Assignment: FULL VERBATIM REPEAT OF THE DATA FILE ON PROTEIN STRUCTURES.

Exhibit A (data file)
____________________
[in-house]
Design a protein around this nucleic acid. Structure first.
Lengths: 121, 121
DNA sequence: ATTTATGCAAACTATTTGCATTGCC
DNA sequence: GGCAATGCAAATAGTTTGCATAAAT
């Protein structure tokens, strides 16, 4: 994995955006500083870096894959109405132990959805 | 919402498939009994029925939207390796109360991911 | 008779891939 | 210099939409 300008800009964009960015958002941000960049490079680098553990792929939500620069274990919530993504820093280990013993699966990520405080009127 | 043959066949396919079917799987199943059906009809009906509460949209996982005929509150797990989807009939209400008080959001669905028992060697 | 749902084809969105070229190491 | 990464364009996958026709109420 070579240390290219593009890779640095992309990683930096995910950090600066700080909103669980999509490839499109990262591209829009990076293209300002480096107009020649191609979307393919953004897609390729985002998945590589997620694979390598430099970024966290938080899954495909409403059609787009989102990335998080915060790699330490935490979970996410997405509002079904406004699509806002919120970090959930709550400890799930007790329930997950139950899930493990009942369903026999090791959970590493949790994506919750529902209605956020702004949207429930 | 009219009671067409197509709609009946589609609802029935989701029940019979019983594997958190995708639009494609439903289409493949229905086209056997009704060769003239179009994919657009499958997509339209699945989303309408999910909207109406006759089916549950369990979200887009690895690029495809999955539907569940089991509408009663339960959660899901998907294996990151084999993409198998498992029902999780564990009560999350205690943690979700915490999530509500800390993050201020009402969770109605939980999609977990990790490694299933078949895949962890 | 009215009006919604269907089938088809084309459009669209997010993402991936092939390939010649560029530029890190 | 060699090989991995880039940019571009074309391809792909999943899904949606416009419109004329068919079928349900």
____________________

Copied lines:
[in-house]
Design a protein around this nucleic acid. Structure first.
Lengths: 121, 121
DNA sequence: ATTTATGCAAACTATTTGCATTGCC
DNA sequence: GGCAATGCAAATAGTTTGCATAAAT
């Protein structure tokens, strides 16, 4: 994995955006500083870096894959109405132990959805 | 919402498939009994029925939207390796109360991911 | 008779891939 | 210099939409 300008800009964009960015958002941000960049490079680098553990792929939500620069274990919530993504820093280990013993699966990520405080009127 | 043959066949396919079917799987199943059906009809009906509460949209996982005929509150797990989807009939209400008080959001669905028992060697 | 749902084809969105070229190491 | 990464364009996958026709109420 070579240390290219593009890779640095992309990683930096995910950090600066700080909103669980999509490839499109990262591209829009990076293209300002480096107009020649191609979307393919953004897609390729985002998945590589997620694979390598430099970024966290938080899954495909409403059609787009989102990335998080915060790699330490935490979970996410997405509002079904406004699509806002919120970090959930709550400890799930007790329930997950139950899930493990009942369903026999090791959970590493949790994506919750529902209605956020702004949207429930 | 009219009671067409197509709609009946589609609802029935989701029940019979019983594997958190995708639009494609439903289409493949229905086209056997009704060769003239179009994919657009499958997509339209699945989303309408999910909207109406006759089916549950369990979200887009690895690029495809999955539907569940089991509408009663339960959660899901998907294996990151084999993409198998498992029902999780564990009560999350205690943690979700915490999530509500800390993050201020009402969770109605939980999609977990990790490694299933078949895949962890 | 009215009006919604269907089938088809084309459009669209997010993402991936092939390939010649560029530029890190 | 060699090989991995880039940019571009074309391809792909999943899904949606416009419109004329068919079928349900």